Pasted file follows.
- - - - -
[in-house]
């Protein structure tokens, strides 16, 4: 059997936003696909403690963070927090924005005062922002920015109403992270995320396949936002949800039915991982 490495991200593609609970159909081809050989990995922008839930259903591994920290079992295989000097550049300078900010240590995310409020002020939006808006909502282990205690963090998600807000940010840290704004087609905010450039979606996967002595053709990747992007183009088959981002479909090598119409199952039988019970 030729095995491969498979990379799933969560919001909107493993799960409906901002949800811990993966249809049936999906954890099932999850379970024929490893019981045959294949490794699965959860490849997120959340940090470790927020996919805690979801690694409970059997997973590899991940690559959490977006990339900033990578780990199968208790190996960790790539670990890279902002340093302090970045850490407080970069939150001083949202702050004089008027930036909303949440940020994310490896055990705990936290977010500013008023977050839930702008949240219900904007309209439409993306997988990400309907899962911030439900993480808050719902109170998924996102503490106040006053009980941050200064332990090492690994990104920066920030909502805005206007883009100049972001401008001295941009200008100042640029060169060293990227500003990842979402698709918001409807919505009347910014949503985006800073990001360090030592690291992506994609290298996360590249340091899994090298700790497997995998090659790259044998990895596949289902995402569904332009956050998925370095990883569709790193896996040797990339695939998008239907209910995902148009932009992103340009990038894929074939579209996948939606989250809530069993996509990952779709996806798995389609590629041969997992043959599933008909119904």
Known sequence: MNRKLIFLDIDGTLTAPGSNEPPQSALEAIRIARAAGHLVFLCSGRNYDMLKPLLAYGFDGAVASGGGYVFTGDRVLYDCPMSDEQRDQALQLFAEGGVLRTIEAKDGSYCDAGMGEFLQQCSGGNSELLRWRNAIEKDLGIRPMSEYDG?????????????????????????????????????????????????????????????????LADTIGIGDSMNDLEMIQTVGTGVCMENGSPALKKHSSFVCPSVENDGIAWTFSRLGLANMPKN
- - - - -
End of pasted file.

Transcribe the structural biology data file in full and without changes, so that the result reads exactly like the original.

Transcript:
[in-house]
């Protein structure tokens, strides 16, 4: 059997936003696909403690963070927090924005005062922002920015109403992270995320396949936002949800039915991982 490495991200593609609970159909081809050989990995922008839930259903591994920290079992295989000097550049300078900010240590995310409020002020939006808006909502282990205690963090998600807000940010840290704004087609905010450039979606996967002595053709990747992007183009088959981002479909090598119409199952039988019970 030729095995491969498979990379799933969560919001909107493993799960409906901002949800811990993966249809049936999906954890099932999850379970024929490893019981045959294949490794699965959860490849997120959340940090470790927020996919805690979801690694409970059997997973590899991940690559959490977006990339900033990578780990199968208790190996960790790539670990890279902002340093302090970045850490407080970069939150001083949202702050004089008027930036909303949440940020994310490896055990705990936290977010500013008023977050839930702008949240219900904007309209439409993306997988990400309907899962911030439900993480808050719902109170998924996102503490106040006053009980941050200064332990090492690994990104920066920030909502805005206007883009100049972001401008001295941009200008100042640029060169060293990227500003990842979402698709918001409807919505009347910014949503985006800073990001360090030592690291992506994609290298996360590249340091899994090298700790497997995998090659790259044998990895596949289902995402569904332009956050998925370095990883569709790193896996040797990339695939998008239907209910995902148009932009992103340009990038894929074939579209996948939606989250809530069993996509990952779709996806798995389609590629041969997992043959599933008909119904």
Known sequence: MNRKLIFLDIDGTLTAPGSNEPPQSALEAIRIARAAGHLVFLCSGRNYDMLKPLLAYGFDGAVASGGGYVFTGDRVLYDCPMSDEQRDQALQLFAEGGVLRTIEAKDGSYCDAGMGEFLQQCSGGNSELLRWRNAIEKDLGIRPMSEYDG?????????????????????????????????????????????????????????????????LADTIGIGDSMNDLEMIQTVGTGVCMENGSPALKKHSSFVCPSVENDGIAWTFSRLGLANMPKN